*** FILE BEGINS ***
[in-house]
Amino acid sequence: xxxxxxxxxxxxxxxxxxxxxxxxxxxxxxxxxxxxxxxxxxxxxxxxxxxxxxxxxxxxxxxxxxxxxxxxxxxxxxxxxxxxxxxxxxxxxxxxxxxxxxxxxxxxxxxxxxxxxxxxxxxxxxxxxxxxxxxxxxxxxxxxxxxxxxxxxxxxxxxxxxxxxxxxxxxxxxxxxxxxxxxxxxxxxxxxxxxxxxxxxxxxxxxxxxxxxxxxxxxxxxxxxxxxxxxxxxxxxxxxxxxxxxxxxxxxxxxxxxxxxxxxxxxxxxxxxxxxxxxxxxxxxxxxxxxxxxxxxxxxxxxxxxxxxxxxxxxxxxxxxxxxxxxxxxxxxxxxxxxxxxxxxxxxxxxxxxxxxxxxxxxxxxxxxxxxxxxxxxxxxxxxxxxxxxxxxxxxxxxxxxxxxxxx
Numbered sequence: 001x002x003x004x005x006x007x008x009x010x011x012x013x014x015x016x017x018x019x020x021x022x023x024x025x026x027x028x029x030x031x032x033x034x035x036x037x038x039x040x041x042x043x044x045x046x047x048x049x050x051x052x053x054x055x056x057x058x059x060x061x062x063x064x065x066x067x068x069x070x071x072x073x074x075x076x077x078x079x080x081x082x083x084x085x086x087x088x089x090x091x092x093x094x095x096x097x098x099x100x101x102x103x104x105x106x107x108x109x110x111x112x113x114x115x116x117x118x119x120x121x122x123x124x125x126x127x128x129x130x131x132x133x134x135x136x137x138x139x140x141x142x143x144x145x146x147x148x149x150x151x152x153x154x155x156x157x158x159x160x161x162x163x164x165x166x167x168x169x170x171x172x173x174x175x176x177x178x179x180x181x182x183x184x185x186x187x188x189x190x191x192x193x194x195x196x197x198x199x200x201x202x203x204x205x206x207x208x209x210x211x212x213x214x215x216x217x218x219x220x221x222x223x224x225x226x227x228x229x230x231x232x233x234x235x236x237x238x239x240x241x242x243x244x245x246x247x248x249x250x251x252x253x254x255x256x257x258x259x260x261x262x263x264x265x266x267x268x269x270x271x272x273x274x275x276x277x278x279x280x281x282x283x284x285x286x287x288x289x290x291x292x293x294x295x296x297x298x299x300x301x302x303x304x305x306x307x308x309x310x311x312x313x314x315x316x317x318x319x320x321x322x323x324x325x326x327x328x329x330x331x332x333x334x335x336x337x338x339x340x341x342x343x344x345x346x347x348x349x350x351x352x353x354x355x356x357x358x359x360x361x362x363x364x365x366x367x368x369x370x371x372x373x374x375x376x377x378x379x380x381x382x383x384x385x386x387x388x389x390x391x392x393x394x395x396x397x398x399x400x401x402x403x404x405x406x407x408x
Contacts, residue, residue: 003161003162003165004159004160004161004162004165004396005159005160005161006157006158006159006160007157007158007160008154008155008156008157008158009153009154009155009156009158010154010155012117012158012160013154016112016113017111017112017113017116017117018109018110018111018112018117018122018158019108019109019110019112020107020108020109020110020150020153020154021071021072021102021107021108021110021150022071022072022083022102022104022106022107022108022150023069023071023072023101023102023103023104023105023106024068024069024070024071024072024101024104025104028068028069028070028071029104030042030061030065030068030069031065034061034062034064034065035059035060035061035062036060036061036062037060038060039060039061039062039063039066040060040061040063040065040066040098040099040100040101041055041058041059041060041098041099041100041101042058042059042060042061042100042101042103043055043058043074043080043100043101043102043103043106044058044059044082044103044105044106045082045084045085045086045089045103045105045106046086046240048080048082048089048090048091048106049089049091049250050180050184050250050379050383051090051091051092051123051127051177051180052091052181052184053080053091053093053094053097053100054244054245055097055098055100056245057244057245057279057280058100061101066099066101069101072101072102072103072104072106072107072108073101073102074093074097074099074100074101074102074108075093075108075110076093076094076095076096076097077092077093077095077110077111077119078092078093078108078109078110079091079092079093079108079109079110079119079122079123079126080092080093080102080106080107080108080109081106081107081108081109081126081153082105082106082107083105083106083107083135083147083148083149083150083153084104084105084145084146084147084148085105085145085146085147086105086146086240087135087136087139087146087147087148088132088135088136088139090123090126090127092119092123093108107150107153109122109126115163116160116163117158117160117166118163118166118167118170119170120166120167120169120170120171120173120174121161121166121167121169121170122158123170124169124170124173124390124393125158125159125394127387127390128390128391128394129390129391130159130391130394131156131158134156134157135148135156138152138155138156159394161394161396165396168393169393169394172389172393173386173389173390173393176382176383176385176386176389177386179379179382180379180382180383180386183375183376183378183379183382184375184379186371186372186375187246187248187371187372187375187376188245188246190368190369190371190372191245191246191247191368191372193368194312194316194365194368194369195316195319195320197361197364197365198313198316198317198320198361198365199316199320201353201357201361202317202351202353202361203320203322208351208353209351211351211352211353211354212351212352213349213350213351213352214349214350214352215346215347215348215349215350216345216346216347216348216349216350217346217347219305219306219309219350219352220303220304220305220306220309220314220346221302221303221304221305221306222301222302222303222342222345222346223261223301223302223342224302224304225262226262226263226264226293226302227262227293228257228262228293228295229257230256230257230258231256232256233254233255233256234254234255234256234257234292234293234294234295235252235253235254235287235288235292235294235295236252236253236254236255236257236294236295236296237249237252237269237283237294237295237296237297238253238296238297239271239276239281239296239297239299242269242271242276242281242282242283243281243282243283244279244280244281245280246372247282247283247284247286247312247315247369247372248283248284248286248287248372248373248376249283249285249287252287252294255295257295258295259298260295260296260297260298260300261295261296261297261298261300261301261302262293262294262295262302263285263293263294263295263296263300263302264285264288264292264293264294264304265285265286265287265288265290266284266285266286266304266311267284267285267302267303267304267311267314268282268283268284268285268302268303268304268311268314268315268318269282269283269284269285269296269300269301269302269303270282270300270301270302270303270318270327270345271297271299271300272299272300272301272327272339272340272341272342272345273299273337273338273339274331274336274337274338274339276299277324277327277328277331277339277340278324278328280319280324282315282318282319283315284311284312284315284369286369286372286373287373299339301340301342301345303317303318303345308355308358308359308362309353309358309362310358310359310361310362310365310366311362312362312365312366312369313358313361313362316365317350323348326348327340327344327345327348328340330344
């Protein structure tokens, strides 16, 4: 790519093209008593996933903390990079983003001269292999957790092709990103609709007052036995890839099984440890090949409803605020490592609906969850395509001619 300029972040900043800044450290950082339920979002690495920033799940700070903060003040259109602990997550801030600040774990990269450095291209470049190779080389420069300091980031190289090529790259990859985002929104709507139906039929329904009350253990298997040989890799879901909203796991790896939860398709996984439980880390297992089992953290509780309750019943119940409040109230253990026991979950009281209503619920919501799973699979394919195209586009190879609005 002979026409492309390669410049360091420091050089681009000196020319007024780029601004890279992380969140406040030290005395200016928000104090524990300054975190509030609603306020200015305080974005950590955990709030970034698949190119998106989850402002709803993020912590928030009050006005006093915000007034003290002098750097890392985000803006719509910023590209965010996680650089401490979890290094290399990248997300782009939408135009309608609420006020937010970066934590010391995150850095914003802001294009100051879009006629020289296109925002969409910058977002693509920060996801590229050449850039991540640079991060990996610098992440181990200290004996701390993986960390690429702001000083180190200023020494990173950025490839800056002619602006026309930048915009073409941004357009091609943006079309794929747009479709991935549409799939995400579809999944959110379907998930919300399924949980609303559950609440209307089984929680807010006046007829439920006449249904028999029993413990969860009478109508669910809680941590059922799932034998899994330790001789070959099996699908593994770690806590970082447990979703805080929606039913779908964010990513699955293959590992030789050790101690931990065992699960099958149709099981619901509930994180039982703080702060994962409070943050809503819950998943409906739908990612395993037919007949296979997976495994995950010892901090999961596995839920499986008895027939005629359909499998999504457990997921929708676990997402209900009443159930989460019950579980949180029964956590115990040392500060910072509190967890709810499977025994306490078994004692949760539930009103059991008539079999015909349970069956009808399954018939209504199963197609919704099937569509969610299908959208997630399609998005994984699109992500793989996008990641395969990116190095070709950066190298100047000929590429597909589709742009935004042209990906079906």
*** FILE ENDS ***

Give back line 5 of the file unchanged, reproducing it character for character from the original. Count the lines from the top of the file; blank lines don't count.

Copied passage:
């Protein structure tokens, strides 16, 4: 790519093209008593996933903390990079983003001269292999957790092709990103609709007052036995890839099984440890090949409803605020490592609906969850395509001619 300029972040900043800044450290950082339920979002690495920033799940700070903060003040259109602990997550801030600040774990990269450095291209470049190779080389420069300091980031190289090529790259990859985002929104709507139906039929329904009350253990298997040989890799879901909203796991790896939860398709996984439980880390297992089992953290509780309750019943119940409040109230253990026991979950009281209503619920919501799973699979394919195209586009190879609005 002979026409492309390669410049360091420091050089681009000196020319007024780029601004890279992380969140406040030290005395200016928000104090524990300054975190509030609603306020200015305080974005950590955990709030970034698949190119998106989850402002709803993020912590928030009050006005006093915000007034003290002098750097890392985000803006719509910023590209965010996680650089401490979890290094290399990248997300782009939408135009309608609420006020937010970066934590010391995150850095914003802001294009100051879009006629020289296109925002969409910058977002693509920060996801590229050449850039991540640079991060990996610098992440181990200290004996701390993986960390690429702001000083180190200023020494990173950025490839800056002619602006026309930048915009073409941004357009091609943006079309794929747009479709991935549409799939995400579809999944959110379907998930919300399924949980609303559950609440209307089984929680807010006046007829439920006449249904028999029993413990969860009478109508669910809680941590059922799932034998899994330790001789070959099996699908593994770690806590970082447990979703805080929606039913779908964010990513699955293959590992030789050790101690931990065992699960099958149709099981619901509930994180039982703080702060994962409070943050809503819950998943409906739908990612395993037919007949296979997976495994995950010892901090999961596995839920499986008895027939005629359909499998999504457990997921929708676990997402209900009443159930989460019950579980949180029964956590115990040392500060910072509190967890709810499977025994306490078994004692949760539930009103059991008539079999015909349970069956009808399954018939209504199963197609919704099937569509969610299908959208997630399609998005994984699109992500793989996008990641395969990116190095070709950066190298100047000929590429597909589709742009935004042209990906079906």